The move represented the latest, and potentially most important, symbolic gesture by Obama to Clinton supporters, and could blunt the threat of an upheaval on the convention floor. Some Clinton backers have threatened to stage a walkout or leave Denver altogether after she speaks on Aug. 26 to protest what they view as a flawed and sexist party nominating process.
In a joint statement, the two camps said the decision to enter Clinton’s name into nomination was mutual, and they countered the idea that she had forced her way back into the spotlight.
“I am convinced that honoring Senator Clinton’s historic campaign in this way will help us celebrate this defining moment in our history and bring the party together in a strong united fashion,” Obama said in the statement. It , which went on to say that he “encouraged” the roll-call vote as a way to recognize “the historic race she ran and the fact that she was the first woman to compete in all of our nation’s primary contests.”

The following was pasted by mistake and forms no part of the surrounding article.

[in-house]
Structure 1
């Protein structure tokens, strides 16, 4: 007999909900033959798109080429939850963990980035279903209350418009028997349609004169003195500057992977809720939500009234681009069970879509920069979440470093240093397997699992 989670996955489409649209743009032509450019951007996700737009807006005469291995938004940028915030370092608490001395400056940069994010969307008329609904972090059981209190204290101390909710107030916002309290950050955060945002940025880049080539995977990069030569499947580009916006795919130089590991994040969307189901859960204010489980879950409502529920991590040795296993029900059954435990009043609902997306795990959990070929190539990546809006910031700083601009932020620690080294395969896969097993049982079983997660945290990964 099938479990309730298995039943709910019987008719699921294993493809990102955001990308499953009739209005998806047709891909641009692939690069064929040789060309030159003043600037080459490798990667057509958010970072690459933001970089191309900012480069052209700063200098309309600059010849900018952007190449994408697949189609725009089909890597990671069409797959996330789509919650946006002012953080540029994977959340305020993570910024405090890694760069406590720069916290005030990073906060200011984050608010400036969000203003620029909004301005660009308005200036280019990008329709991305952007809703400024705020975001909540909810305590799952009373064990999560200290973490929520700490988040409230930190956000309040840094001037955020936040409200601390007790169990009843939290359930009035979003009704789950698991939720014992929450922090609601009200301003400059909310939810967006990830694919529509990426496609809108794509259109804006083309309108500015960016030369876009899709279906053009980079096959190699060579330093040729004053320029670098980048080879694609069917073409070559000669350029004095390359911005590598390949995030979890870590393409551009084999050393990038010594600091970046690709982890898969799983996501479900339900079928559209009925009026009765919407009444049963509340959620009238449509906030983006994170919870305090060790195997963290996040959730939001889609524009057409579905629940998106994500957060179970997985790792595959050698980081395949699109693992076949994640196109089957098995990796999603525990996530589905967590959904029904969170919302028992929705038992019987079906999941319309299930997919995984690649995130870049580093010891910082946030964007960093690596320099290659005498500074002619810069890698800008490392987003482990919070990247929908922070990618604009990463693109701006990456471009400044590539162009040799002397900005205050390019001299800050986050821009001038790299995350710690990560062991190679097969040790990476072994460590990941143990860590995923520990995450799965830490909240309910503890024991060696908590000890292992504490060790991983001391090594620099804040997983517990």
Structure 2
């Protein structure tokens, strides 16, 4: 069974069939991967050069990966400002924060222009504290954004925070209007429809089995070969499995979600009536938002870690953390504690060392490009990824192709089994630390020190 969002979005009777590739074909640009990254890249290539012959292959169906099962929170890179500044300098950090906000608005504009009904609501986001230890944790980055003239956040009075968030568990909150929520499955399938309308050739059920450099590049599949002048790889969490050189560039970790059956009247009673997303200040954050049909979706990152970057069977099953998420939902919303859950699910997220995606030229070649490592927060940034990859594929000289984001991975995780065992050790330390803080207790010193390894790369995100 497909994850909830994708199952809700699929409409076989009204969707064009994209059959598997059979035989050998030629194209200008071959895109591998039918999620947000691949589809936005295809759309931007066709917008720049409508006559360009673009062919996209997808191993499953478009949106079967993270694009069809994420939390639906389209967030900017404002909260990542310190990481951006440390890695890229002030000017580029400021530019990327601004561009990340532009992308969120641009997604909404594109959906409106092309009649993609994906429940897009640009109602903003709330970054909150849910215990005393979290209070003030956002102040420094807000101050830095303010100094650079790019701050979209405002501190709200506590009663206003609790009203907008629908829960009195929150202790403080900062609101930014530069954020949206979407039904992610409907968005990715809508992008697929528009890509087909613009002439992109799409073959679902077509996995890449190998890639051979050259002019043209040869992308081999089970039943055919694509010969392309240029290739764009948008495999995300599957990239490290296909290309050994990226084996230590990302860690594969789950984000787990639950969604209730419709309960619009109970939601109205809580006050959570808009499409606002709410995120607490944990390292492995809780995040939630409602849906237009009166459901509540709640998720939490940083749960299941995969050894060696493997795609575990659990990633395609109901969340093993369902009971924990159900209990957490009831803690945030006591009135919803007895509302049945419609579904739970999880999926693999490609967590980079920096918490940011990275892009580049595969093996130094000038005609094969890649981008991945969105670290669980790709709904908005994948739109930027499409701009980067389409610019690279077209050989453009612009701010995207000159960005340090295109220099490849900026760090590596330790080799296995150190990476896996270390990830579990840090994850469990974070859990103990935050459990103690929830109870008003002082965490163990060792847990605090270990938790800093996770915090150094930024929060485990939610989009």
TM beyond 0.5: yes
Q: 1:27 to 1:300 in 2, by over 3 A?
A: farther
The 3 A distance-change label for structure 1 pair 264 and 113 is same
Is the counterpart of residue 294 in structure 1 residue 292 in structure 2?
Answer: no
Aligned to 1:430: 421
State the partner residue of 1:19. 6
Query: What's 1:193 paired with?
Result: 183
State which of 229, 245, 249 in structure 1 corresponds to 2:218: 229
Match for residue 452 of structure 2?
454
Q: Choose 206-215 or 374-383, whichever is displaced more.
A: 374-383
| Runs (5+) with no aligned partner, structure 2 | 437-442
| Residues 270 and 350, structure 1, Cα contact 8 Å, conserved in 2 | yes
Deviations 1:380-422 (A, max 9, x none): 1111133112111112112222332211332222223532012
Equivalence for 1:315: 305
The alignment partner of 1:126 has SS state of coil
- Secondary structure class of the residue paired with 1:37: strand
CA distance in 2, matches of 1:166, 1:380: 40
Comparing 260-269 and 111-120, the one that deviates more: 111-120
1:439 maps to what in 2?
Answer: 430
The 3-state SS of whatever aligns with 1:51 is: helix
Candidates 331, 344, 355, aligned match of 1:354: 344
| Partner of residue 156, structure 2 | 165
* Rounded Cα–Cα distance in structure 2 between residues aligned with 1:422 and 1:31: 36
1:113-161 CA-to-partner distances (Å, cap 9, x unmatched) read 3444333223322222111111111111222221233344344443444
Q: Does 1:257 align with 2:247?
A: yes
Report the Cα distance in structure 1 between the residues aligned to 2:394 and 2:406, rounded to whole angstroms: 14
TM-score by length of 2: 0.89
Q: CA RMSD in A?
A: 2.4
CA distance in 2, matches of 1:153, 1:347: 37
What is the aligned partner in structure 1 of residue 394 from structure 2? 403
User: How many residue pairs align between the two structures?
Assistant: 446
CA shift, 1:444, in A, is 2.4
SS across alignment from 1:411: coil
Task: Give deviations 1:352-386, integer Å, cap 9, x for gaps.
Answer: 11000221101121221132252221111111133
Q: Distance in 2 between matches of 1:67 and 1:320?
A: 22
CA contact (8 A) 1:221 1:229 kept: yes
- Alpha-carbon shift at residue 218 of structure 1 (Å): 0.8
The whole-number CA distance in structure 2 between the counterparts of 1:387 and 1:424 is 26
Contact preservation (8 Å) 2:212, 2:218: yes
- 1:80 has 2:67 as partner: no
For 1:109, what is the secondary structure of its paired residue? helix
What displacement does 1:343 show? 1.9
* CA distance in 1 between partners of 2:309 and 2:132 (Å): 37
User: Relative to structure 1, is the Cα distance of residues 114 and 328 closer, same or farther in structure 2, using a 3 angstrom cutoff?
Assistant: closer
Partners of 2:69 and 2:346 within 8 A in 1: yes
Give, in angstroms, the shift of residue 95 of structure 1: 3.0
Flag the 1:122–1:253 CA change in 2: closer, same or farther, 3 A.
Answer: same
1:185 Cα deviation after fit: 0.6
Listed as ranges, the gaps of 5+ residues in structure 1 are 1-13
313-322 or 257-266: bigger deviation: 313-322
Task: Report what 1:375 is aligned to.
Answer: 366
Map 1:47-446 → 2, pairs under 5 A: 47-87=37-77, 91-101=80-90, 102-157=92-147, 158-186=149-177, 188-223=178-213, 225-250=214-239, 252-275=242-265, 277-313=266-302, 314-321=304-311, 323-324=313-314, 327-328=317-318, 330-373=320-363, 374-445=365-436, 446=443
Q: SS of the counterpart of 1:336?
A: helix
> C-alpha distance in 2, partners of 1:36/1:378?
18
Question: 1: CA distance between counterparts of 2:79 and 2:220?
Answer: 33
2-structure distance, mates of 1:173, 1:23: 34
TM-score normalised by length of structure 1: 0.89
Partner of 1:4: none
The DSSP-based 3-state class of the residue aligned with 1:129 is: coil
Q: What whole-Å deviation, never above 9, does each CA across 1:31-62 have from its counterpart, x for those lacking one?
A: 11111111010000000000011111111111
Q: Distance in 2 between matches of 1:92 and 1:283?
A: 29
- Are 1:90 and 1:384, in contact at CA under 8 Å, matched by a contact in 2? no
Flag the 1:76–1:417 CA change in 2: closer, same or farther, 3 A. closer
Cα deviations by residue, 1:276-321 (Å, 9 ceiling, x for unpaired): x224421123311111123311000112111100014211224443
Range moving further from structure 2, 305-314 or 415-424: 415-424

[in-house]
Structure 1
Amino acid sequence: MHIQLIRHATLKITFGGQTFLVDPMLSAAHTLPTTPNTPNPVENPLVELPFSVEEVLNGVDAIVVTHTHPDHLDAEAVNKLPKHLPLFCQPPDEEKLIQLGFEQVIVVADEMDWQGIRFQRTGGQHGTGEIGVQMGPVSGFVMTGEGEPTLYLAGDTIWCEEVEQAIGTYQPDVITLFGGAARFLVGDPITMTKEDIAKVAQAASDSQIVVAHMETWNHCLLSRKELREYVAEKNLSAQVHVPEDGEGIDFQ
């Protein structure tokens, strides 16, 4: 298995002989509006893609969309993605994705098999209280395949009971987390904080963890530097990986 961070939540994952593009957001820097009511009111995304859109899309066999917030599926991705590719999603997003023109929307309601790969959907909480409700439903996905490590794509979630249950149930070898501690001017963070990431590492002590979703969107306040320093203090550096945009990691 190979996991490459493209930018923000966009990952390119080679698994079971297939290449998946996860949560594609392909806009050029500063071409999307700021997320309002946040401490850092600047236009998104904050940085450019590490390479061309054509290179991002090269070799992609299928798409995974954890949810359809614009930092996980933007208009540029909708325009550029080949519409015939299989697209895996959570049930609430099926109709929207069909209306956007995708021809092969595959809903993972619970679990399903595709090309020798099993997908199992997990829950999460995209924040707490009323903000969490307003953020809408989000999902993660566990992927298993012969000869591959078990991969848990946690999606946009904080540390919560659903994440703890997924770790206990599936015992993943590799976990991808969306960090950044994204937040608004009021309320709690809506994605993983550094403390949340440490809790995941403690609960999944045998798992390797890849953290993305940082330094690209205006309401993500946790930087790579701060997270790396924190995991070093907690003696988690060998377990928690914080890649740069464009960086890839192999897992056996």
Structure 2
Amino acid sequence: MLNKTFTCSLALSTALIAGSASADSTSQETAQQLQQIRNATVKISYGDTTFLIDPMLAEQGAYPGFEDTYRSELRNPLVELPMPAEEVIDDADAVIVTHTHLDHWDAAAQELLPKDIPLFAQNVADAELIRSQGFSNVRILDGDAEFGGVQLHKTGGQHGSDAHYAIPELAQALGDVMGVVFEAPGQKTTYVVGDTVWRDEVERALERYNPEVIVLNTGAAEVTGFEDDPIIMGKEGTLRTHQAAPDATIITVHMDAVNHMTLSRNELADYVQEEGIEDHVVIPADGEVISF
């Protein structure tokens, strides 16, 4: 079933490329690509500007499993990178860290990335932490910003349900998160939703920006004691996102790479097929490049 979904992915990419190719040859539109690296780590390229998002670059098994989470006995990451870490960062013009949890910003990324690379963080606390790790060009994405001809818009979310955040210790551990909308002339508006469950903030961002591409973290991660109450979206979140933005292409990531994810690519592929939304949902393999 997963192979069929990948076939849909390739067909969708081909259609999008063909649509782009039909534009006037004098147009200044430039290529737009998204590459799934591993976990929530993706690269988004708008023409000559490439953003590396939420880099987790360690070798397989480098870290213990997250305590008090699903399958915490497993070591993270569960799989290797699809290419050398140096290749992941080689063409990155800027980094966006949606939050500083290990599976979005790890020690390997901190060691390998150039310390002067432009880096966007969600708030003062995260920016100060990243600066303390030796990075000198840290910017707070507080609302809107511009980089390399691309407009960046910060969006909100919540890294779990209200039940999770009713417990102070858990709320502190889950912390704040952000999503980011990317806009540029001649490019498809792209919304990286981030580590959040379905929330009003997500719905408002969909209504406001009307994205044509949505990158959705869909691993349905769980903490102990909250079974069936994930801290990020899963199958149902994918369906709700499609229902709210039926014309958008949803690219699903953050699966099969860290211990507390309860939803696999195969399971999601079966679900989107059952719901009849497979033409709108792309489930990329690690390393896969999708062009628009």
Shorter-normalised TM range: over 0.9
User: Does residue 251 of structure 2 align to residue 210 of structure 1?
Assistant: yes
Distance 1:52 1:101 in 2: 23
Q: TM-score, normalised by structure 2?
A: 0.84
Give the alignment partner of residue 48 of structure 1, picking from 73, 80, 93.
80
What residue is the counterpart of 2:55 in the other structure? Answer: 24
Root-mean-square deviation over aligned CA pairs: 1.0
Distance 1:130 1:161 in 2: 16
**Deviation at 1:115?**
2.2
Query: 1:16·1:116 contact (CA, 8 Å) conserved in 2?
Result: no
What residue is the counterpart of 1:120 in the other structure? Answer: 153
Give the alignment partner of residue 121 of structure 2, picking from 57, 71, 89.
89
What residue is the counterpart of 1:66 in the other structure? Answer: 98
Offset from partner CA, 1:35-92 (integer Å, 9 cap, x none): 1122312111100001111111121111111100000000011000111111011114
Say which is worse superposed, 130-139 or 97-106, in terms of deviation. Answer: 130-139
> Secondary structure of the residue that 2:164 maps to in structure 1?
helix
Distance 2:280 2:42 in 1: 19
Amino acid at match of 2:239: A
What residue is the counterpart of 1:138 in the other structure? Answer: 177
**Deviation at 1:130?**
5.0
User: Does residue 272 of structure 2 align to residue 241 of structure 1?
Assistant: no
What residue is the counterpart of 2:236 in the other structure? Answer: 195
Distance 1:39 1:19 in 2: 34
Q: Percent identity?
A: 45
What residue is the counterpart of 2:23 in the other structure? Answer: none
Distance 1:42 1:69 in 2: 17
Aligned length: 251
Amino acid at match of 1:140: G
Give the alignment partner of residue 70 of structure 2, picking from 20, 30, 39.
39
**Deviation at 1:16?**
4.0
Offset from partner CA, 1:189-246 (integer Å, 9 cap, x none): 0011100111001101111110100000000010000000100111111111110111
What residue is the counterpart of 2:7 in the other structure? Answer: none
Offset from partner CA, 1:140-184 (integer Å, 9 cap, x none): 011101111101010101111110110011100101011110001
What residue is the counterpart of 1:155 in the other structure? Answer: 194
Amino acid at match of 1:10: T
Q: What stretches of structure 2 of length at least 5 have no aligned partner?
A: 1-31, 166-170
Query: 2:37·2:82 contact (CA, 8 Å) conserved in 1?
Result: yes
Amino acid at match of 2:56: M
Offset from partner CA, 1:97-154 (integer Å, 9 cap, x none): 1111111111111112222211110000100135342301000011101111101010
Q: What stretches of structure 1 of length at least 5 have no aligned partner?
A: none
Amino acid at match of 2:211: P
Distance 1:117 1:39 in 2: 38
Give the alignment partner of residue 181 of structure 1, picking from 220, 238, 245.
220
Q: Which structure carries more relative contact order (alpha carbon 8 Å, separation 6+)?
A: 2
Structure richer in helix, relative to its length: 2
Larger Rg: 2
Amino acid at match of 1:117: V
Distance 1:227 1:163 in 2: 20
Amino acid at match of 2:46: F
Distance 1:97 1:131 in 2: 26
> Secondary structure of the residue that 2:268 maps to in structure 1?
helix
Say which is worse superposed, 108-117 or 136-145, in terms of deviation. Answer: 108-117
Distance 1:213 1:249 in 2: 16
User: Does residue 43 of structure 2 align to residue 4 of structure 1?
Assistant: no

How, exactly, the roll call will work remains an open question, advisers on both sides said. After having her name entered into nomination, Clinton could then ask her delegates to support Obama, bypassing the long process of reading names aloud. But several advisers said they think there will be some kind of roll call, which could begin as early as Tuesday night of the convention. As a superdelegate, Clinton is expected to vote for Obama.
OK, I said in the past that the convention could get ugly and now they are presenting the dissenters with a perfect opportunity to cause as much disruption as they are willing to try.
CQPolitics reported this situation developing.
To say that some Hillary Clinton supporters are still angry at Barack Obama and the Democratic party would be putting it mildly.
Ever since the DNC Rules and Bylaws Committee hearing in early June where Obama essentially secured the nomination, incensed Clinton supporters have mobilized online with the goal of getting the former First Lady nominated at the Democratic party convention in Denver.
The Internet is awash with pro-Clinton groups such as PUMA – Party Unity My Ass (or, alternatively, People United Means Action) – and Just Say No Deal, that say the nomination was stolen from Hillary Clinton. On blogs, forums, social networking sites and YouTube, pro-Clinton activists vent their frustration at the Democratic party.